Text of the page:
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Flaw questions

christinagomez7738christinagomez7738 Alum Member
in General 120 karma

Hi guys LR is my most consistent section but it seems like the questions I always get wrong are flaw questions. I’ve already been over the flaw curriculum in 7Sage so many times and still having issues anyone know any other resources for those types or advice? Also for those of you taking the flex at the end of this month are you changing up your studying since it’s getting close? I’ve decided to simulate flex tests as much as possible just to get used to the timing and flow because like I said LR is my saving grace so now I have to make sure I’m quicker and better in LG and RC since I won’t have the extra LR points to rely on.

Any tips on RC? I’ve improved but still my worst section. If u have noticed any patterns in wrong/right answer choices for RC please tell me my brain gets the LR ones but still not as good in RC really could use tips like desperately haha


  • 310 karma

    I would read Ellen Cassidy’s loophole. Did wonders for me with flaw questions.

    And as someone who took the flex, definitely use the simulator. You need to be doing whatever you can to prepare yourself for your actual test day, so only do the 3 sections instead of the non-flex 5. Get as proficient as you can in the FLEX “flow” as possible.

    No real tips on RC except for JY’s low res method. Concentrate on asking: “what is the point of this sentence? Why did the author write this - what position does it have in relation to the passage as a whole?”

    edited August 2020 591 karma

    For RC, I would come up with a very short main point (just a few words) after I read a paragraph, then link up the main points of each paragraph after I read the next paragraph. This helps me see how the ideas are connected in the overall structure of the passage. And RC answer choices are tricky, read carefully and really ask yourself what the answer choice means. After you translate the answer choice into a clearer language, try to support it first instead of finding reasons why it is wrong because correct but tricky answer choices won't sound good to you unless you try to see it in another way.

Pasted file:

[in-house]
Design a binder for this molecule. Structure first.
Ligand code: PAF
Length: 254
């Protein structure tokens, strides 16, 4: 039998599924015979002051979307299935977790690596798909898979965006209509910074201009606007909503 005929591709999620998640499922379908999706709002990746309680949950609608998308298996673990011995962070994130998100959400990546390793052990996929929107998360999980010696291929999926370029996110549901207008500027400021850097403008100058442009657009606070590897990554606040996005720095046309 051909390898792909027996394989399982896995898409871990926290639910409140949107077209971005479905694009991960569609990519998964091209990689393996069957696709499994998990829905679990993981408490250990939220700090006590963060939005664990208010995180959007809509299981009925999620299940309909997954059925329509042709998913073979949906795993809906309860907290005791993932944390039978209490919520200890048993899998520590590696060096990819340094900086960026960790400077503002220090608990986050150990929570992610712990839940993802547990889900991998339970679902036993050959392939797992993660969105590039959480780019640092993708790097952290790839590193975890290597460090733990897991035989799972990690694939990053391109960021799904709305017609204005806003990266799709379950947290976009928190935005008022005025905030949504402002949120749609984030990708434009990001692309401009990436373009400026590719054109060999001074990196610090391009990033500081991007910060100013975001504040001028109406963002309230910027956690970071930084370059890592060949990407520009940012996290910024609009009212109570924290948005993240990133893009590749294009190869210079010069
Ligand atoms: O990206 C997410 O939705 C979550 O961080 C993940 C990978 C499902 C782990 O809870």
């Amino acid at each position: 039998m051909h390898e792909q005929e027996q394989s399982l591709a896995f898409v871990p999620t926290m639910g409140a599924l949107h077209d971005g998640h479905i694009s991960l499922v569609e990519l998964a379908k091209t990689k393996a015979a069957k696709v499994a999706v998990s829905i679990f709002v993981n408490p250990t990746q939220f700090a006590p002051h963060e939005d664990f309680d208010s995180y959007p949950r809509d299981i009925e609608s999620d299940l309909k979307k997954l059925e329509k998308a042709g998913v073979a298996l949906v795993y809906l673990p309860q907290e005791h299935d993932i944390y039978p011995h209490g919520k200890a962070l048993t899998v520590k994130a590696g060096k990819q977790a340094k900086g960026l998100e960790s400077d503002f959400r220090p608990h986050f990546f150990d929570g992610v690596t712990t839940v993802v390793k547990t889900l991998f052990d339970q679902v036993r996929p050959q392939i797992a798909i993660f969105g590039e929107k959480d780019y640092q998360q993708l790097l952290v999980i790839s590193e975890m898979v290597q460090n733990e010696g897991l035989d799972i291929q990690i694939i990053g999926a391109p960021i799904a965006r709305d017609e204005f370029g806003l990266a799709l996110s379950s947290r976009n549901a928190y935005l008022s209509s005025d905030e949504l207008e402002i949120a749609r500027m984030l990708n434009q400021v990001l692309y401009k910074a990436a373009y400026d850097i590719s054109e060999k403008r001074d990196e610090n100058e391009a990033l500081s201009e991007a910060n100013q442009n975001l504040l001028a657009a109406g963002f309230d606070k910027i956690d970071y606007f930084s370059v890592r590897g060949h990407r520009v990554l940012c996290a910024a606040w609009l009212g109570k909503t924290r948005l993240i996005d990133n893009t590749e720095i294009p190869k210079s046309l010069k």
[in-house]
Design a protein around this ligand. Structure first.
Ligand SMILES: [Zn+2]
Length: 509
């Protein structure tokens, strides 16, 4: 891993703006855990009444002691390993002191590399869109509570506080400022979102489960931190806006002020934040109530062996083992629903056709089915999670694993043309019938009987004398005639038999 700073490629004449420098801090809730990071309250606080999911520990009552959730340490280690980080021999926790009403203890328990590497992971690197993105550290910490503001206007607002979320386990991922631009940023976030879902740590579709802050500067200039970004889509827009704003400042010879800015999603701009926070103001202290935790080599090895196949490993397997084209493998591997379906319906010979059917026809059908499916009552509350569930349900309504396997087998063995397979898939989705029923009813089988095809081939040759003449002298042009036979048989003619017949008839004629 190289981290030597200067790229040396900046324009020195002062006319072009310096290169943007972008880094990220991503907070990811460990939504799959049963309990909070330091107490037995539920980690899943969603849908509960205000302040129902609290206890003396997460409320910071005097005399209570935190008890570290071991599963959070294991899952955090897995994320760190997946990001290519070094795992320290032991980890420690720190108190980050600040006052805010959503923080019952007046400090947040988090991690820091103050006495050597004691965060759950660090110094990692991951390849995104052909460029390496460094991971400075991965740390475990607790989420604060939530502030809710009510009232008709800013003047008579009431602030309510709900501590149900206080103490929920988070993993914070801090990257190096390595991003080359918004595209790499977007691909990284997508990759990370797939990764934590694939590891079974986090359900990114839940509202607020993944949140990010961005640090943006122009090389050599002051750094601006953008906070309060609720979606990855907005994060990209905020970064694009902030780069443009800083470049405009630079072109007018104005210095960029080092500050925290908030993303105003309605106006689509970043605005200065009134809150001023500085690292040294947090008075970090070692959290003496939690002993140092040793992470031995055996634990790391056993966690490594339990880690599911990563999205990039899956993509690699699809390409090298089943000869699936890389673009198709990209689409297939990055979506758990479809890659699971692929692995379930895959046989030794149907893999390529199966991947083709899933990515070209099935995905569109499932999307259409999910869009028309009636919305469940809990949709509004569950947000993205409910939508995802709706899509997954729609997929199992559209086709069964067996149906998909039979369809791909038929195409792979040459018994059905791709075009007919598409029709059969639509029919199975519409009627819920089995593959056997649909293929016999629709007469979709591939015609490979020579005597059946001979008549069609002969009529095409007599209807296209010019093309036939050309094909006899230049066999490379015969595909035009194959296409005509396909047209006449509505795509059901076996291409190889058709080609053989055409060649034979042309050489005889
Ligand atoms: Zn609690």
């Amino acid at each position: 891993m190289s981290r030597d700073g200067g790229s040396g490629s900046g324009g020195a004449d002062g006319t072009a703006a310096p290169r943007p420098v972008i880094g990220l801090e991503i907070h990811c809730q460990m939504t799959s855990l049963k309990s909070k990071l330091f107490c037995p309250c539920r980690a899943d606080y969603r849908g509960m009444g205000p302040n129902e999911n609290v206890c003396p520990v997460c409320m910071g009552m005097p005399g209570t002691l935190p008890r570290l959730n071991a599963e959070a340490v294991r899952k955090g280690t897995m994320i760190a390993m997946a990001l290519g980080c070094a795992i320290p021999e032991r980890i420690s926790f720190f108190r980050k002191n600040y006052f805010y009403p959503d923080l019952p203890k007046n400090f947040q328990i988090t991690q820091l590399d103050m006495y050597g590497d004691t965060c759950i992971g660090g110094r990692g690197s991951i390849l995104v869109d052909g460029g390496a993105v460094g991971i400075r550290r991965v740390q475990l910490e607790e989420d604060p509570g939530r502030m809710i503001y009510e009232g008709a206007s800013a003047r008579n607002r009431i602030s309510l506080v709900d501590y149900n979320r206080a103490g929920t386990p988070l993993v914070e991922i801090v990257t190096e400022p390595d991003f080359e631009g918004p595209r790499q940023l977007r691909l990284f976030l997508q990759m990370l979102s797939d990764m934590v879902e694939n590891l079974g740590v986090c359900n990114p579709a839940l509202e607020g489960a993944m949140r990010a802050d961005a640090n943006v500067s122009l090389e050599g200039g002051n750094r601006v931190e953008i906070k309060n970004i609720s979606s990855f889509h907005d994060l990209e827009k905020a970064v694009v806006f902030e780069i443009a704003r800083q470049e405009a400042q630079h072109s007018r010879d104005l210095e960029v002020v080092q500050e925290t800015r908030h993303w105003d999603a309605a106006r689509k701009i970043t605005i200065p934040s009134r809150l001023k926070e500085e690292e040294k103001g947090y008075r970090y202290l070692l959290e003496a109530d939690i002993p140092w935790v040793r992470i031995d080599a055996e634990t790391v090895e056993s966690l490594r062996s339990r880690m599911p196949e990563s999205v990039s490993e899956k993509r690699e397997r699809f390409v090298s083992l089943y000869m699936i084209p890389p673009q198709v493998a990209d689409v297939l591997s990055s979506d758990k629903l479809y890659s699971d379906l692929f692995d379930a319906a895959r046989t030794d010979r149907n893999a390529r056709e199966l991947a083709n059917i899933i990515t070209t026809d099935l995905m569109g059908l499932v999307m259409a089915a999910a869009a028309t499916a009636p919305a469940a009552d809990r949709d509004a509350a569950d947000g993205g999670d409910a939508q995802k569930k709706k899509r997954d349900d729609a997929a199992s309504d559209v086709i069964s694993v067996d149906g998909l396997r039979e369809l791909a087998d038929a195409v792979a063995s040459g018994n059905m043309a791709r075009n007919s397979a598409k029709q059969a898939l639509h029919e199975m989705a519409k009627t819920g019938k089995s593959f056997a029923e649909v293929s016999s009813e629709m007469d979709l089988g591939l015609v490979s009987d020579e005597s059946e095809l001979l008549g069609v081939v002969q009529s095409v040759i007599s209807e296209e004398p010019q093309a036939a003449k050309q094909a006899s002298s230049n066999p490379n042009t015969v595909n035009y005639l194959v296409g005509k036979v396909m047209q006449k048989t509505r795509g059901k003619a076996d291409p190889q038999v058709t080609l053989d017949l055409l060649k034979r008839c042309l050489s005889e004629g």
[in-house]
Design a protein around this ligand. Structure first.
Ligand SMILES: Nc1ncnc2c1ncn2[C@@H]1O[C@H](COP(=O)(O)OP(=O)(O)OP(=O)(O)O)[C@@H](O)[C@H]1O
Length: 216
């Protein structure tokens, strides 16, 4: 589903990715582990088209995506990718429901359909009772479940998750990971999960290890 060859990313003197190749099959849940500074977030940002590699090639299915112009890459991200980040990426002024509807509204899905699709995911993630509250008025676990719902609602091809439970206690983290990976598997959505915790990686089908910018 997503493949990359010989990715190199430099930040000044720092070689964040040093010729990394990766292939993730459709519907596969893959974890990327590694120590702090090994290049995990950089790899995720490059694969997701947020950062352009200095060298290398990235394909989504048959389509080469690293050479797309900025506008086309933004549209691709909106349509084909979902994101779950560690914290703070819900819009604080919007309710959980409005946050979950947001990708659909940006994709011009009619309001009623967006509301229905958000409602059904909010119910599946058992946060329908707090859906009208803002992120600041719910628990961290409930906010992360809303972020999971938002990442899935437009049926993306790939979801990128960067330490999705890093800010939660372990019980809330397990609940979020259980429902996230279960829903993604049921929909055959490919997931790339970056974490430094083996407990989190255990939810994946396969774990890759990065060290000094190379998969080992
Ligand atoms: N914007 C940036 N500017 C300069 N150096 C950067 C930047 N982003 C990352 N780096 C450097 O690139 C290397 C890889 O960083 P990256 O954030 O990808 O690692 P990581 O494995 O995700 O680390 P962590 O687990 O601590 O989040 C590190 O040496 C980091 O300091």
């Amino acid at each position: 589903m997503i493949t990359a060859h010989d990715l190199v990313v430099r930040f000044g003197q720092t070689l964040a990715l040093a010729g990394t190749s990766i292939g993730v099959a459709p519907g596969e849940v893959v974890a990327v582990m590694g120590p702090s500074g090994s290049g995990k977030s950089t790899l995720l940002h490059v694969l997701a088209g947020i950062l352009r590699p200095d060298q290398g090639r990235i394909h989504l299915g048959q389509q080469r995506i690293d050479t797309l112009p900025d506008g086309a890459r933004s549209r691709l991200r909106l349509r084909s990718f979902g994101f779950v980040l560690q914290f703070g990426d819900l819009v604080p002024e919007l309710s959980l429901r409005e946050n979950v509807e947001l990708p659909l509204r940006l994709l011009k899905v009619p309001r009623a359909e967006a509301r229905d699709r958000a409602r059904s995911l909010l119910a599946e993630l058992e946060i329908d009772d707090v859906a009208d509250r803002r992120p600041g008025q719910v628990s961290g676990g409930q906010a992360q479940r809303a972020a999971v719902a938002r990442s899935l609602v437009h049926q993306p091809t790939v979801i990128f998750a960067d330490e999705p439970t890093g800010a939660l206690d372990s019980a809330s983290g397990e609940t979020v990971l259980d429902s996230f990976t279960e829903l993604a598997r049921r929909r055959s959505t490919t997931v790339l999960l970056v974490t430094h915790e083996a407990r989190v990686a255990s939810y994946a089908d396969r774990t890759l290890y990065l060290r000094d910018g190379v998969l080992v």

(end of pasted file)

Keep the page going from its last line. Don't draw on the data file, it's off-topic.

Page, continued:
For flaw questions, I found that as long as I follow the two-step process -- first, is it descriptively accurate? second, is it the flaw? -- they are actually not hard. I can eliminate many answer choices because they are not even descriptively accurate. Then I would carefully evaluate the flaw described in the remaining answer choices.

    For LG, just try to be careful! Read every rule carefully and check them twice! Visualize how the rules interact with each other and find out the most restrictive rules and make inferences or splits upfront if you think this can save you lots of trouble later on.

    Hope this helps!

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